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Gavin Williamson claims Dominic Cummings broke no law or lockdown rule

Dominic Cummings, special advisor for Britain's Prime Minister Boris Johnson leaves his house in London following the outbreak of the coronavirus disease (COVID-19), London, Britain, May 25, 2020. REUTERS/Hannah McKay

Boris Johnson’s chief adviser, Dominic Cummings, is seen leaving his house this morning (Picture: Reuters)

The Education Secretary has said Dominic Cummings should not resign ‘because he has made it clear that he’s broken no rules and he’s broken no laws’.

Gavin Williamson is the latest Cabinet minister to defend Boris Johnson’s chief adviser, who is facing mounting pressure to resign after it emerged he travelled 260 miles to Durham to self-isolate with his family.

Mr Williamson said it is his ‘understanding’ from the PM that Mr Cummings and his family did not break the law.

He told BBC Breakfast: ‘(The Prime Minister) has been absolutely categorically assured that both Dominic Cummings and his family both followed the guidance and also followed the rules…

‘The guidance is incredibly extensive and at the heart of that guidance is always the issue of safeguarding children and making sure that children are always absolutely protected.

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‘My understanding is from what the Prime Minister said yesterday… is that at every stage Dominic Cummings followed and his family followed the guidance and at no stage did Dominic Cummings or his family break the law.’

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But is this actually true? Did Mr Cummings break the law?

When the PM announced a nationwide lockdown on March 23, he told the nation: ‘I must give the British people a very simple instruction – you must stay at home.’

Police confirmed Mr Cummings definitely broke this key guidance as officers spoke to Mr Cummings’ father about him being in Durham on March 31, after the regulations came into force in England on March 26.

The chief adviser also broke the guidance on not travelling anywhere else to self-isolate.

The Health Protection (Coronavirus, Restrictions) (England) Regulations 2020 made it an offence to leave your home without a ‘reasonable excuse’, giving police the power to issue fines and forcibly return people who refused to comply.

Prime Minister Boris Johnson's senior aide Dominic Cummings leaves his north London home, after Prime Minister Boris Johnson was accused of risking the Government's efforts to combat Covid-19 in order to defend his senior aide following allegations he breached lockdown restrictions. PA Photo. Picture date: Monday May 25, 2020. See PA story HEALTH Coronavirus. Photo credit should read: Aaron Chown/PA Wire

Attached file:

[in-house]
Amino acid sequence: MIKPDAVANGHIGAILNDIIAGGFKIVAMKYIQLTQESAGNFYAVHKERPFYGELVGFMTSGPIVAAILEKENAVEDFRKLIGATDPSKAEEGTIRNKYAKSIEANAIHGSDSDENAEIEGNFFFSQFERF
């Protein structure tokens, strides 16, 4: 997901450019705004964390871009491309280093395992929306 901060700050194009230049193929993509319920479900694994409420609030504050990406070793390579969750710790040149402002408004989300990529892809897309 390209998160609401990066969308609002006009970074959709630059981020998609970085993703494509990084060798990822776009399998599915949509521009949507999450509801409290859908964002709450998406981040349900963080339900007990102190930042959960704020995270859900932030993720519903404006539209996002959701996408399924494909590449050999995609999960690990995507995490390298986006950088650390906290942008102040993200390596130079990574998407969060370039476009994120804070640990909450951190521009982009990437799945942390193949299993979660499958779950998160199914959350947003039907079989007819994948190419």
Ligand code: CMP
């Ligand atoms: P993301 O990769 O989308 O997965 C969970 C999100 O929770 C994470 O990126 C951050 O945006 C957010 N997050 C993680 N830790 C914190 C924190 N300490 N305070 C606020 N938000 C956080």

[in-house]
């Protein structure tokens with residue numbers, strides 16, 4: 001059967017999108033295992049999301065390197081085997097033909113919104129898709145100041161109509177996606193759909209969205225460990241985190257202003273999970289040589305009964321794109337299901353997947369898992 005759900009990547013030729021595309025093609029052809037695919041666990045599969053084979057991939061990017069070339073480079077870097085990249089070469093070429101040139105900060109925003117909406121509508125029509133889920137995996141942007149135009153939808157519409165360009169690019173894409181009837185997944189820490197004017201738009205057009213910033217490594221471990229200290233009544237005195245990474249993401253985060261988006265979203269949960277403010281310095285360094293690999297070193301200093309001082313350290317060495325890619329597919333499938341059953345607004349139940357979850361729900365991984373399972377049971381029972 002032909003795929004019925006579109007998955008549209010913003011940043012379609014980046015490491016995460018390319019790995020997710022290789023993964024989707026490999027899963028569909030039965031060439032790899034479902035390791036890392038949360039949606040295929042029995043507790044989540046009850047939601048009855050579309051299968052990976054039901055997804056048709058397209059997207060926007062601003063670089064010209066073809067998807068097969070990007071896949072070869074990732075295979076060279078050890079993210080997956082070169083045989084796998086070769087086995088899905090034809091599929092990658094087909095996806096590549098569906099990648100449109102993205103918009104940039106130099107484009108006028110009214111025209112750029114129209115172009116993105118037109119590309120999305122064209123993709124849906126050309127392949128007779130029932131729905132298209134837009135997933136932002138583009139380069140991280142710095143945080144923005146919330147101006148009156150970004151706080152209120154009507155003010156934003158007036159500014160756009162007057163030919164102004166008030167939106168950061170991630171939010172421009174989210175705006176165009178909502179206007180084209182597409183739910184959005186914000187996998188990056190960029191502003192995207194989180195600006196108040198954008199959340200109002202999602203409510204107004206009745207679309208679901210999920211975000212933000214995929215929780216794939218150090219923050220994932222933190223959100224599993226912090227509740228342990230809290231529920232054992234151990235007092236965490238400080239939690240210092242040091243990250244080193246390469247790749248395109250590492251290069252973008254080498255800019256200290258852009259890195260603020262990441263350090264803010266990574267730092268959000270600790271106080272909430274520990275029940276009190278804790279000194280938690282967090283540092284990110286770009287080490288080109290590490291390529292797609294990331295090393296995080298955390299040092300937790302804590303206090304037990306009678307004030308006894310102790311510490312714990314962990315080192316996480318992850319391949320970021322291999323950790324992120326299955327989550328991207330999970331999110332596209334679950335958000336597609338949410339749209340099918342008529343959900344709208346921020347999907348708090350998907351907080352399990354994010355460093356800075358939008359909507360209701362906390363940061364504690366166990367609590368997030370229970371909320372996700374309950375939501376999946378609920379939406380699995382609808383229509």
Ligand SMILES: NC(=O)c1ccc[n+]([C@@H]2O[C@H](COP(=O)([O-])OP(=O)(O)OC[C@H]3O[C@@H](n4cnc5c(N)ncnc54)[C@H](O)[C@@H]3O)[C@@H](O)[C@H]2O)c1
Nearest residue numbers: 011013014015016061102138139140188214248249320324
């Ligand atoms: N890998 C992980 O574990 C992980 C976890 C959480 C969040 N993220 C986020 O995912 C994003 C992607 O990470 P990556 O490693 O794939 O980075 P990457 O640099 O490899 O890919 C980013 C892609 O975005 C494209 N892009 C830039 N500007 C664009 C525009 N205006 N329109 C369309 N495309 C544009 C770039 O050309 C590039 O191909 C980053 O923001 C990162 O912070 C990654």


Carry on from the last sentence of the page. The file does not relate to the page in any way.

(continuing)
Dominic Cummings is surrounded by photographers as he leaves his north London home (Picture: PA)

Had Mr Cummings been stopped by police on his way to Durham, according to the regulations, officers could have fined him and directed him back to London.

Travelling to work, shopping for necessities, and doing exercise are listed as reasonable excuses to be outside, but the actual definition of ‘reasonable excuse’ is not clearly defined by the regulations.

The deputy chief medical officer, Jenny Harries, explained on Saturday that an ‘extreme risk to life’ would fit a ‘reasonable excuse’ to leave your home.

She said: ‘If you’re symptomatic, you stay at home, take yourself out of society as quickly as you can and stay there, unless there’s extreme risk to life.’

Downing Street said the PM’s top aide made the trip to Durham apparently because he feared that he and his wife, who had coronavirus symptoms, would be left unable to care for their son.

A No10 statement said the trip ‘was essential … to ensure his young child could be properly cared for.’

But this seemingly contradicts the Government’s own ‘Covid-19 essential travel guidance’, which states: ‘Essential travel does not include visits to second homes, campsites, caravan parks or similar, whether for isolation purposes or holidays.

‘People must remain in their primary residence. Not taking these steps puts additional pressure on communities and services that are already at risk.’

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